(of a set in a topological space:)

A set is dense iff its closure is the entire space.

In a metric space, this reduces to the following: for every (positive) ε and every point x in the space, there exists a point y in the set such that d(x,y) < ε.

For instance, the set of rationals is dense inside the set of real numbers. Another example: A theorem of Weierstrass is that the set of polynomials is dense inside C([0,1]) (the set of continuous functions on [0,1], with the "L-infinity" topology of uniform convergence.

(of an order type or a total order:)

An ordered set (A,<) is dense iff there is an element of A between any two elements of A: ∀x,y∈A: (x<y) → ∃z∈A: x<z&z<y.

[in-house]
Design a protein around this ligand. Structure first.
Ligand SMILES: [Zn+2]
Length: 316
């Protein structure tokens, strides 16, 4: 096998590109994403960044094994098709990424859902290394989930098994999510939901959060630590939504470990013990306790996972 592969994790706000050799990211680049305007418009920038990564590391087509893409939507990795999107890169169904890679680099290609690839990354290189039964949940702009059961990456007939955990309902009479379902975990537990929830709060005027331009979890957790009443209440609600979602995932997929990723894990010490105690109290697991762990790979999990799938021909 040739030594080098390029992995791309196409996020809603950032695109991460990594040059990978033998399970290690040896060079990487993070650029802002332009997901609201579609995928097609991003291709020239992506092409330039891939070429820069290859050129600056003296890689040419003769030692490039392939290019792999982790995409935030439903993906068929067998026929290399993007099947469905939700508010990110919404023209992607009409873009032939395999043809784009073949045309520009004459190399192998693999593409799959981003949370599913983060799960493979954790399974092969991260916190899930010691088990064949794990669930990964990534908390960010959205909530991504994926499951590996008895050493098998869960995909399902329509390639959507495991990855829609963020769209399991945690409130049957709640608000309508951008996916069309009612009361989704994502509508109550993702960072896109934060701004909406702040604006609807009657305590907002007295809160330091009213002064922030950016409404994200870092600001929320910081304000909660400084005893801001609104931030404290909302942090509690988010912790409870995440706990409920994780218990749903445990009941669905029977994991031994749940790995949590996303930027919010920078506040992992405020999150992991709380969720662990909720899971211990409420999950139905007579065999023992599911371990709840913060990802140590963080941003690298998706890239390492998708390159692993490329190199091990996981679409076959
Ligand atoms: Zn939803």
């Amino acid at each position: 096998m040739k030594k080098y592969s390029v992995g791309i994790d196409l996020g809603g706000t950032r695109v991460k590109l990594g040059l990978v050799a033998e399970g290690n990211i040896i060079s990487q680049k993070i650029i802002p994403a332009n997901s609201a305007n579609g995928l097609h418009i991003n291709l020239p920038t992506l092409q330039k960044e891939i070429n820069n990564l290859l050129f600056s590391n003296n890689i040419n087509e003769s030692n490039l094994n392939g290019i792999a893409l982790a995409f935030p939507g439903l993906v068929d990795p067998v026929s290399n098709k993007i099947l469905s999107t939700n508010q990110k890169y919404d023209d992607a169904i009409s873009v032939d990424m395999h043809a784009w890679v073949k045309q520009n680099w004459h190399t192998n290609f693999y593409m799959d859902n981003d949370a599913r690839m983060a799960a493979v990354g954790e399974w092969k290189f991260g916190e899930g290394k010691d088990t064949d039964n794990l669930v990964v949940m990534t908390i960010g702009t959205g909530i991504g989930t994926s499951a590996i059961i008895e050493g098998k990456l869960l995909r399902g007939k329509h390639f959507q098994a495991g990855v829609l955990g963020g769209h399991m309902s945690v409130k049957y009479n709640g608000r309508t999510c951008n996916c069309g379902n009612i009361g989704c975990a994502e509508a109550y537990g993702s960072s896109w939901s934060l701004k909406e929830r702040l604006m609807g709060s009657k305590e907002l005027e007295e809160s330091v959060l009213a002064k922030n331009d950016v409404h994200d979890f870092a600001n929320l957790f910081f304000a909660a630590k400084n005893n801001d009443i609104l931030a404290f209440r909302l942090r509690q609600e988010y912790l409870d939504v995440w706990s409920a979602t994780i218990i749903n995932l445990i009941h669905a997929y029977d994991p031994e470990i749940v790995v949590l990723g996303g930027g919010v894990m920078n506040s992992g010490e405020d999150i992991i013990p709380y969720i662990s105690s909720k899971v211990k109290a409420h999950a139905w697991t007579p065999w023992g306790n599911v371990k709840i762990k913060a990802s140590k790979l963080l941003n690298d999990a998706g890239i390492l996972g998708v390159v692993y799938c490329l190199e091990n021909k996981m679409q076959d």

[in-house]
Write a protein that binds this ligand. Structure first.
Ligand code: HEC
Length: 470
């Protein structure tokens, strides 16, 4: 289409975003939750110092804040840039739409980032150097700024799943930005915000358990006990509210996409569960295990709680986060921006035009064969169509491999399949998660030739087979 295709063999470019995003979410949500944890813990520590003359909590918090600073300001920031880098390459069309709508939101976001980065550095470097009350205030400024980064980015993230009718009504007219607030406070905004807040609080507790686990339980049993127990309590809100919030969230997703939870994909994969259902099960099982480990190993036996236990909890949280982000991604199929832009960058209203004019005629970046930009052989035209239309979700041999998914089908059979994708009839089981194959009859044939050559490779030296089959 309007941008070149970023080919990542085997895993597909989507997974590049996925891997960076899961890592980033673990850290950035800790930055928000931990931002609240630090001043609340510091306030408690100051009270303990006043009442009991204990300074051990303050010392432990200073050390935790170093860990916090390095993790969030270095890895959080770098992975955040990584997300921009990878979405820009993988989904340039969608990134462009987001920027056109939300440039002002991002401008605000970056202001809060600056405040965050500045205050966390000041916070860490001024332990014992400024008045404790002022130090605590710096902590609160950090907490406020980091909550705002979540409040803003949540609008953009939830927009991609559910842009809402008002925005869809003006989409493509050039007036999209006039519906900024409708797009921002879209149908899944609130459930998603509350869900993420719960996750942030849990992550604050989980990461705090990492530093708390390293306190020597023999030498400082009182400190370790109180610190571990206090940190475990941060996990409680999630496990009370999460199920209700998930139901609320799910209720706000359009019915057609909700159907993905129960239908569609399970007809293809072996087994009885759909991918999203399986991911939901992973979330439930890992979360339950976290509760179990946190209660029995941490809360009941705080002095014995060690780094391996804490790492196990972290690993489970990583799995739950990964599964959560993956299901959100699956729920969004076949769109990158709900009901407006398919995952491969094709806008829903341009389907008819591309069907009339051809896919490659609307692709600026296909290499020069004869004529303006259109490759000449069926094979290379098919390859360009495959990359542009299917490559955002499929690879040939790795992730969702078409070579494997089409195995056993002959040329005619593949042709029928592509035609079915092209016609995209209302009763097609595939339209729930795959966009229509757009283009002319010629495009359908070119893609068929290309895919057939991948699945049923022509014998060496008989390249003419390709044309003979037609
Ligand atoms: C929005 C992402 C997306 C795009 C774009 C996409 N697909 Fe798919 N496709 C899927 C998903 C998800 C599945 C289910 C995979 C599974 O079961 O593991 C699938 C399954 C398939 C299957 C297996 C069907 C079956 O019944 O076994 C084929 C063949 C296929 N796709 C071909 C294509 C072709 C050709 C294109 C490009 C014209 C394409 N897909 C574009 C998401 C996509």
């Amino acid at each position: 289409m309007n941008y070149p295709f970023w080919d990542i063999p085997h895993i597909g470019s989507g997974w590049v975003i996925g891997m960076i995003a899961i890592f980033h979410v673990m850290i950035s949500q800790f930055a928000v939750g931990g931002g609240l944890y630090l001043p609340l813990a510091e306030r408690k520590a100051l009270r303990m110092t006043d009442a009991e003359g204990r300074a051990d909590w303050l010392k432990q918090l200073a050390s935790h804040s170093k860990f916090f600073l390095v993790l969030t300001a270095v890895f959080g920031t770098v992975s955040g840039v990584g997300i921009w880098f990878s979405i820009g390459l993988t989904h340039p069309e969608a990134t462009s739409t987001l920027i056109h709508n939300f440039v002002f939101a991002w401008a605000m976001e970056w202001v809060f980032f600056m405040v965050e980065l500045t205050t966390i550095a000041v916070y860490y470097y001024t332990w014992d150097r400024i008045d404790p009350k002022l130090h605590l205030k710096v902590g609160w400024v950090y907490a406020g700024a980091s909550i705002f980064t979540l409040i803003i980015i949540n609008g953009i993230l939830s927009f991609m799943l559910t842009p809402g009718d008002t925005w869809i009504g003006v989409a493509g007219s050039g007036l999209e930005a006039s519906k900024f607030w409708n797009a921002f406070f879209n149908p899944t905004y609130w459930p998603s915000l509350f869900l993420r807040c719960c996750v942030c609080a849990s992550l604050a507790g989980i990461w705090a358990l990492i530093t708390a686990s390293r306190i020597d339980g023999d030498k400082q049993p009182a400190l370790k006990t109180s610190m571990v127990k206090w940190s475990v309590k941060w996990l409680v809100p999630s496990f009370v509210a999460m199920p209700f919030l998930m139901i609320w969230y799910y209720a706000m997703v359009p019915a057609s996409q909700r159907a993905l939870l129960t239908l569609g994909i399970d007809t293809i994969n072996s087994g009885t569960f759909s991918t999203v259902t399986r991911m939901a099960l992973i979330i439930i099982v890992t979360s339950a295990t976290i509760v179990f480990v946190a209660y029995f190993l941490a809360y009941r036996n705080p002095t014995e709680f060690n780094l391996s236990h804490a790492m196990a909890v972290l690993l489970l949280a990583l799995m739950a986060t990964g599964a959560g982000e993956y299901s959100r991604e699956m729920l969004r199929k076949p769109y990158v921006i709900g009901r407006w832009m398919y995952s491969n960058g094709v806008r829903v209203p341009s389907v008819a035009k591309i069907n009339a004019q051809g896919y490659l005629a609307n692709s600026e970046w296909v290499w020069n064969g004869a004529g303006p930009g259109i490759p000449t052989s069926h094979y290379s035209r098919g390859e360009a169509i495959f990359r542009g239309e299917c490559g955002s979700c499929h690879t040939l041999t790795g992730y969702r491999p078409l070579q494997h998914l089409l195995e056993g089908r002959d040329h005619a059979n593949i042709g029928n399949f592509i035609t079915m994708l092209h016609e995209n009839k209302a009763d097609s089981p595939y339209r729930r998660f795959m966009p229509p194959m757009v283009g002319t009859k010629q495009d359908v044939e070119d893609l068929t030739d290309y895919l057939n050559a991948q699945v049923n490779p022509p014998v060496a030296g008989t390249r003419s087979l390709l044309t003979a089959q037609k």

Note that only a single set participates in this definition of set -- not 2, like in the topological definition above!

The concept may also be extended further to a partially ordered set (a poset) by using the same formula.

For instance, the set of rational numbers with their regular ordering is dense: for any x,y, we can take (x+y)/2 (or even (2x+3y)/5), which lies between them.

Dense (?), a. [L. densus; akin to Gr. thick with hair or leaves: cf. F. dense.]


Having the constituent parts massed or crowded together; close; compact; thick; containing much matter in a small space; heavy; opaque; as, a dense crowd; a dense forest; a dense fog.

All sorts of bodies, firm and fluid, dense and rare. Ray.

To replace the cloudy barrier dense. Cowper.


Stupid; gross; crass; as, dense ignorance.


© Webster 1913.

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